My Two Mothers // Adopted as a child, Dr. Hila Haelyon met her biological mother years later.

Parenting With Slovie Jungreis Wolff

When Israeli Dr. Hila Haelyon, who was adopted as a child, gave birth for the first time, she tells me she noticed herself behaving in ways that were different from the other women in the hospital. This prompted her to research a topic never discussed before: the experience of adopted women giving birth to their own children. In my conversation with her, she is open about the challenges she has faced as an adoptee at different stages of her life, as well as her journey toward Torah.
There is a glow on Hila’s face. It is a glow that springs from a rich inner well, and it transmits warmth even over Zoom. Her head is adorned with a richly colored, patterned turban, knotted in a creative twist. Her dancing eyes crinkle into a ready smile that fills my computer screen and reminds me of an exotic painting.

When her Ashkenazi adoptive parents received Hila, a two-month-old baby with velvet-black eyes and olive skin, they were so delighted that they celebrated with a party the size of a wedding. All their friends were invited to share their joy and admire the infant. In the 1970s, adoption was considered a charitable act in Israeli society, Hila explains. “My parents were respected by all for what they did. They then proceeded to raise me as if I were the queen of England.” Her father was a sworn member of the Palmach, her mother an art and culture seeker. The education they provided Hila was one of quality, though completely secular.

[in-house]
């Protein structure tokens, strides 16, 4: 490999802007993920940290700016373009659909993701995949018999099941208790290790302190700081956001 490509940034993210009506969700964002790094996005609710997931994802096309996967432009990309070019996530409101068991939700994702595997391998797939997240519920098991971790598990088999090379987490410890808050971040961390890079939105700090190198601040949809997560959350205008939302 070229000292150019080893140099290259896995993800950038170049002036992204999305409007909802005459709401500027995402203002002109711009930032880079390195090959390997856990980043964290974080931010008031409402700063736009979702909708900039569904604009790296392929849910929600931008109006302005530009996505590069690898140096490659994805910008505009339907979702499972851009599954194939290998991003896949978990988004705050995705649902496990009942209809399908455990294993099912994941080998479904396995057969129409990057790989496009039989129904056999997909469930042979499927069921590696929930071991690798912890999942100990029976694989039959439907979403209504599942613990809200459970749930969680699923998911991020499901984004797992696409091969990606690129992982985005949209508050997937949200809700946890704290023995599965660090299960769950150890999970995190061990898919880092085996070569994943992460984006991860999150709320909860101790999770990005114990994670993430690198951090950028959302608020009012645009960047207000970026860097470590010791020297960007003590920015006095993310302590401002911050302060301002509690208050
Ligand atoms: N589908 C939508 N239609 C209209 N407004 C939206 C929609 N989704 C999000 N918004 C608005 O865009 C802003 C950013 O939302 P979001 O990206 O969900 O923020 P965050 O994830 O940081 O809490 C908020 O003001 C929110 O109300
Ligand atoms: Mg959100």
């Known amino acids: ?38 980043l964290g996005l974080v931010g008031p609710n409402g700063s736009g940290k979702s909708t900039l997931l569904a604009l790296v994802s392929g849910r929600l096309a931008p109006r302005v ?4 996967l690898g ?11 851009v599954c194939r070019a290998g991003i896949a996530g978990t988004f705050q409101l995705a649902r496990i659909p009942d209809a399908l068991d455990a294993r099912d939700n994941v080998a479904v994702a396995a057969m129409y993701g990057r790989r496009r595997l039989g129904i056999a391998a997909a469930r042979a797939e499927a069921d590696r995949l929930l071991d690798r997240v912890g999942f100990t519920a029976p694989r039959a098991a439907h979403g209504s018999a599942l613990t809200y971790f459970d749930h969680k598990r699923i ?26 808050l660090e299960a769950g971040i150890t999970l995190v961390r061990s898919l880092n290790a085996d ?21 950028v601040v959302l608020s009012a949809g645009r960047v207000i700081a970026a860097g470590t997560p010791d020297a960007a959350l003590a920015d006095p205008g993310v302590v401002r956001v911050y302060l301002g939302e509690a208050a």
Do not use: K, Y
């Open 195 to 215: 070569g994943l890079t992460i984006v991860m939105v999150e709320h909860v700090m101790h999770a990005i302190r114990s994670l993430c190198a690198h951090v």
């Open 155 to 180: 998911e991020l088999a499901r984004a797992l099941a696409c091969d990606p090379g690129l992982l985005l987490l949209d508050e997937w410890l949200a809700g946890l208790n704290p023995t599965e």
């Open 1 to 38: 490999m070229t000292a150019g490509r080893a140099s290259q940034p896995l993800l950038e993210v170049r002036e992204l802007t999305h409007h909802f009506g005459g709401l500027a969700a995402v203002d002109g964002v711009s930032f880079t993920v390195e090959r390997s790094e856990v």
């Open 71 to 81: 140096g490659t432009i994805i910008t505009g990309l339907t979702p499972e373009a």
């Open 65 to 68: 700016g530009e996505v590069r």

“I have known that I was adopted for as long as I can remember,” Hila says. “I was the baby of my parents’ dreams. My mother told me this early on, and she often emphasized how delighted and privileged my parents were that they could take care of me.”
“Once I started gan, my mother emphasized to me that there would be no secrets. She had heard of a child whose adoption was hush-hush and whose peers pressured him with threats to reveal his secret to his classmates. ‘You tell everyone outright,’ she insisted, neutralizing the secret that could have been used against me by other children. I proudly repeated to my friends that I was chosen by my parents, until it became a non-issue.”